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Have Dog - Will Travel
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Discussion Starter #216
Went out this morning to take down leaner number 2. You might remember it as the one here in the foreground:
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Pretty rotten at the base, and only slightly hung up high.
Well, I was very careful. I cleared some under foot junk, then took a smaller face notch out. Just as I removed the notch wedge, and stepped around for the back cut, it tipped farther and harder into an overhead blockage. It stabilized in a manner of speaking there, so I proceeded with the back cut, and then wedged it to the ground.


This is not a recommendation to anyone on how to take one of these down. Just a GoPro video of how I took this one down. It's on the ground safely, and there is some good solid wood in there for recovery. But, it is most importantly, no longer a safety issue for Scout, I, or any other hikers that might use this trail.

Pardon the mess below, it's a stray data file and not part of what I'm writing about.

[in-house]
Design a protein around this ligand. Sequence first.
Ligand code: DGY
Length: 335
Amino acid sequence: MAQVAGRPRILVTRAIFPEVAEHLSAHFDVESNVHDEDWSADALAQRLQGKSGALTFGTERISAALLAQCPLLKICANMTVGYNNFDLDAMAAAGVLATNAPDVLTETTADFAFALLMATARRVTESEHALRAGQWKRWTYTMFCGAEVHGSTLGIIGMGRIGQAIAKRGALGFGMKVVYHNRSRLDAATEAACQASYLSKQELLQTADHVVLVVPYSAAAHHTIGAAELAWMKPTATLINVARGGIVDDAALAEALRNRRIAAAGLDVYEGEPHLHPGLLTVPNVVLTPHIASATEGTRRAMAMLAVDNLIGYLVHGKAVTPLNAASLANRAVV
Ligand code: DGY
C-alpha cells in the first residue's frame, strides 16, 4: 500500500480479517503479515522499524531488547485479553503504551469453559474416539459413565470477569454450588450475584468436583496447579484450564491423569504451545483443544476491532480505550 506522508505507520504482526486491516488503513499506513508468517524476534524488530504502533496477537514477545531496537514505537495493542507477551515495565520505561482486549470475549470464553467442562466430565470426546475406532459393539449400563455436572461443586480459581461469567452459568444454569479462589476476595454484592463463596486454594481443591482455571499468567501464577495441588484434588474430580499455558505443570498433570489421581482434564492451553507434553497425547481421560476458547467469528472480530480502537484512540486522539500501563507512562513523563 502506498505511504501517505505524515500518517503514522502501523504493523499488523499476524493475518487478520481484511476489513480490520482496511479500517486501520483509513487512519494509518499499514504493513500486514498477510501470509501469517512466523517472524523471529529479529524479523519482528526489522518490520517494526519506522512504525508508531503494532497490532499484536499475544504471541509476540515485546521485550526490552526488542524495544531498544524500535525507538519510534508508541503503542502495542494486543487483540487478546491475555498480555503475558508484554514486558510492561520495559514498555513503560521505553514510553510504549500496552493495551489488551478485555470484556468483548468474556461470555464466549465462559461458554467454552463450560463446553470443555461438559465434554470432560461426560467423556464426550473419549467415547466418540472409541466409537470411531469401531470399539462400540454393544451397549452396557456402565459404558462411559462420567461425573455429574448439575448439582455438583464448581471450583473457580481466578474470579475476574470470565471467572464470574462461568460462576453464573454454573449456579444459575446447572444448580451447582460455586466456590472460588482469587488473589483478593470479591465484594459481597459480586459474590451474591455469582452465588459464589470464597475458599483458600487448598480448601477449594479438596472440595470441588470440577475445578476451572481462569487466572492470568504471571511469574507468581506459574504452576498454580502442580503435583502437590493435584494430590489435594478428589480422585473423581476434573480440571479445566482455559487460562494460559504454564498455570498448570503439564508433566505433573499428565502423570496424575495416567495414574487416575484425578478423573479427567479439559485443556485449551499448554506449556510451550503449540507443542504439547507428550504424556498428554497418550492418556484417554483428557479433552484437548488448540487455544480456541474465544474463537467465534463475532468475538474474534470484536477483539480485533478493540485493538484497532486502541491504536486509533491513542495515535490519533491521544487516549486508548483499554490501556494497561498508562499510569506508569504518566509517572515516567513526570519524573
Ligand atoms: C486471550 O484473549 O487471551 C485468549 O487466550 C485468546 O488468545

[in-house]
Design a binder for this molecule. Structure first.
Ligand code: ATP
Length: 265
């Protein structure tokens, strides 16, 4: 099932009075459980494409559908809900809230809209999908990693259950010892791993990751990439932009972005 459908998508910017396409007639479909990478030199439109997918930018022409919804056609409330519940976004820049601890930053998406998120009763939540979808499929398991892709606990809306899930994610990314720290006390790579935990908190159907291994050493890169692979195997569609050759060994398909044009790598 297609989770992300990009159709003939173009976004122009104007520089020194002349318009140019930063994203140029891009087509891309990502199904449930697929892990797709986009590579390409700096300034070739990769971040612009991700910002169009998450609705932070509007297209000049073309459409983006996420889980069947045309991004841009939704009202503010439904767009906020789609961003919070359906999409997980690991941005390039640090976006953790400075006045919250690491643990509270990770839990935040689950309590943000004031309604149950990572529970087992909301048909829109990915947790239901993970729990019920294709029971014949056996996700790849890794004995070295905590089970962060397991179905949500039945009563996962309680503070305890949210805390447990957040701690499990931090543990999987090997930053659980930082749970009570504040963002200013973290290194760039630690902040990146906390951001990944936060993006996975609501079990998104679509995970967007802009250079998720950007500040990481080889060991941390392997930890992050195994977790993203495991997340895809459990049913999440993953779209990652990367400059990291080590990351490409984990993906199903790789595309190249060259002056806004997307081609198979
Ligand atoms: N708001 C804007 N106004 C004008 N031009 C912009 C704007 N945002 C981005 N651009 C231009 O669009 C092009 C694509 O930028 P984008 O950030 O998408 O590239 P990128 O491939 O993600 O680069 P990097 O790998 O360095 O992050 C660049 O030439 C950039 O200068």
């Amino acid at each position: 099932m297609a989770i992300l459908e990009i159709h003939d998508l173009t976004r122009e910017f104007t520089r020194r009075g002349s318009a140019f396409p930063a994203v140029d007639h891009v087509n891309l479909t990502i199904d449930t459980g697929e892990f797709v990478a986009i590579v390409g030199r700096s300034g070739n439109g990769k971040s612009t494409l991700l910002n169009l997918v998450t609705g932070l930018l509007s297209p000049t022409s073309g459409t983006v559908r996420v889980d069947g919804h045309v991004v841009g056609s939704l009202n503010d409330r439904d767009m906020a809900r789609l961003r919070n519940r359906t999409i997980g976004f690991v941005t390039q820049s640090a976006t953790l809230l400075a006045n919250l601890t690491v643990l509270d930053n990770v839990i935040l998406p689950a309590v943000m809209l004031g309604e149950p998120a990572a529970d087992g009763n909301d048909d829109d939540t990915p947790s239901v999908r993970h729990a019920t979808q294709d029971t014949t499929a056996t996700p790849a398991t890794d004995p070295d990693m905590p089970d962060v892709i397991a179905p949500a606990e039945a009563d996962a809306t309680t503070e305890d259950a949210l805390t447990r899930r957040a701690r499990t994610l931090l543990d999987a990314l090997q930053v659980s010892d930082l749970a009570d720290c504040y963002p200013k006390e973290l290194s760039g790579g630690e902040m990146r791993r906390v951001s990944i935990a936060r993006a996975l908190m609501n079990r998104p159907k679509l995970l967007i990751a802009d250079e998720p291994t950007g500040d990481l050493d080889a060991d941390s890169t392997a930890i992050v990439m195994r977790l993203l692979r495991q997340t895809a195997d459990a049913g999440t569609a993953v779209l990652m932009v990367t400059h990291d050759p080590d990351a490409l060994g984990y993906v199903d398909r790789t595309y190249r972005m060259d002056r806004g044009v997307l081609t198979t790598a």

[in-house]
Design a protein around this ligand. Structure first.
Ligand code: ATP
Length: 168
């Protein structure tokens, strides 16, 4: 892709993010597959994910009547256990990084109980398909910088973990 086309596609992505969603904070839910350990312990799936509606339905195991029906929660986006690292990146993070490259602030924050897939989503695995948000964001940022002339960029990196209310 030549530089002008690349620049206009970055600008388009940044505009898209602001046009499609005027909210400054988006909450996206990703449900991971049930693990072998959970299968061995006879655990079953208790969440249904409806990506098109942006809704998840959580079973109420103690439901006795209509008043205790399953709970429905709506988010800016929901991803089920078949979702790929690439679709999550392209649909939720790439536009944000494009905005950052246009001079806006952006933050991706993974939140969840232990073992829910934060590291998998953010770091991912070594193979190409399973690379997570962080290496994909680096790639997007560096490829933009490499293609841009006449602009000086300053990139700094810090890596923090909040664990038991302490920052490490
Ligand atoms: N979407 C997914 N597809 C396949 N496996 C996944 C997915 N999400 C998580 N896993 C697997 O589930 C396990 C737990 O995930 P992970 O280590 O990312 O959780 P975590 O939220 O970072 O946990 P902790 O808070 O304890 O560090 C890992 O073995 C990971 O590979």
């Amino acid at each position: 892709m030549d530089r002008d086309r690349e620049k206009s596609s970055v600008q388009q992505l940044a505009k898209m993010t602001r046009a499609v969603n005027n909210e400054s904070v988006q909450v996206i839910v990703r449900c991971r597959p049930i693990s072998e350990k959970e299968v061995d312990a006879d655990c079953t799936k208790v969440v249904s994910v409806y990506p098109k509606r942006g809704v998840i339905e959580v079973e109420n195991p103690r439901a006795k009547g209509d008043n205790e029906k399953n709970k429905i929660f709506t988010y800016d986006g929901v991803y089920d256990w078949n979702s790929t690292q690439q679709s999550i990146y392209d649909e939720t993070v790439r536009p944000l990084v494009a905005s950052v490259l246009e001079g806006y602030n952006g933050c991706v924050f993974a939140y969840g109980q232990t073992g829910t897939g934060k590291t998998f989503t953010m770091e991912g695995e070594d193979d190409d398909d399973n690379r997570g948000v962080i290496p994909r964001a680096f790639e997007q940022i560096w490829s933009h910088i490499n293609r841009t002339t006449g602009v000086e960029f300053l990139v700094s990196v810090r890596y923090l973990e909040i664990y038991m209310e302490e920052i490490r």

Now, that leaves the biggest one. And, I've decided to let it wait on mother nature.
 

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Super Moderator
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Figured you just hook Scout up in a harness and have him pull that pinched one out!! Nice job rendering your trail safe. We had a ton of wind the last few days and the road I walk had small branches down all over it. I tossed a few off the road to keep the cars from having to dodge them.
 

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Have Dog - Will Travel
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5,660 Posts
Discussion Starter #218
And just because there might be a very bored mid-winter browser out there, here is the couple of minutes of bucking the pieces near the trail:


Hauled some of it that was solid off to my splitting pile and discovered it is in fact White Oak (which is not nearly as cooperative under the splitting Ax) .
 

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Have Dog - Will Travel
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5,660 Posts
Discussion Starter #219
Noticed a neighbor while driving off to play RB last night. Scout and I strolled down to take a look. A big, old pine tree broke off and into multiple parts. Unfortunately, the longest section came down on his attached garage roof. This must have happened during the worst of the wind a couple nights ago. Not sure how long they intend to leave it on there.